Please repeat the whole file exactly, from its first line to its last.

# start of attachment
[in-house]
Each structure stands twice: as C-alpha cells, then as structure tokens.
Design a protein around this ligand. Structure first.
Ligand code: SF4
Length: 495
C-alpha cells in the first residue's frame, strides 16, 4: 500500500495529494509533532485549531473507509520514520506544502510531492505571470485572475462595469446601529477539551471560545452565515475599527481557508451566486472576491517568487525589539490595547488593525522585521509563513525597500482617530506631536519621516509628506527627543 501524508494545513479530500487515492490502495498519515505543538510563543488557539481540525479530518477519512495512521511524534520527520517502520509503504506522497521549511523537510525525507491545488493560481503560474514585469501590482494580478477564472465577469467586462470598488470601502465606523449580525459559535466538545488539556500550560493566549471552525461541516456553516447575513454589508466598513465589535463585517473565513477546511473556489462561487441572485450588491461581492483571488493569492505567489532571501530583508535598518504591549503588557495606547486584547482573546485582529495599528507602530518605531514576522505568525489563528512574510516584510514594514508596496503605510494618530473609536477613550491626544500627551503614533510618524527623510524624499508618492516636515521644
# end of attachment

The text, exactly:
[in-house]
Each structure stands twice: as C-alpha cells, then as structure tokens.
Design a protein around this ligand. Structure first.
Ligand code: SF4
Length: 495
C-alpha cells in the first residue's frame, strides 16, 4: 500500500495529494509533532485549531473507509520514520506544502510531492505571470485572475462595469446601529477539551471560545452565515475599527481557508451566486472576491517568487525589539490595547488593525522585521509563513525597500482617530506631536519621516509628506527627543 501524508494545513479530500487515492490502495498519515505543538510563543488557539481540525479530518477519512495512521511524534520527520517502520509503504506522497521549511523537510525525507491545488493560481503560474514585469501590482494580478477564472465577469467586462470598488470601502465606523449580525459559535466538545488539556500550560493566549471552525461541516456553516447575513454589508466598513465589535463585517473565513477546511473556489462561487441572485450588491461581492483571488493569492505567489532571501530583508535598518504591549503588557495606547486584547482573546485582529495599528507602530518605531514576522505568525489563528512574510516584510514594514508596496503605510494618530473609536477613550491626544500627551503614533510618524527623510524624499508618492516636515521644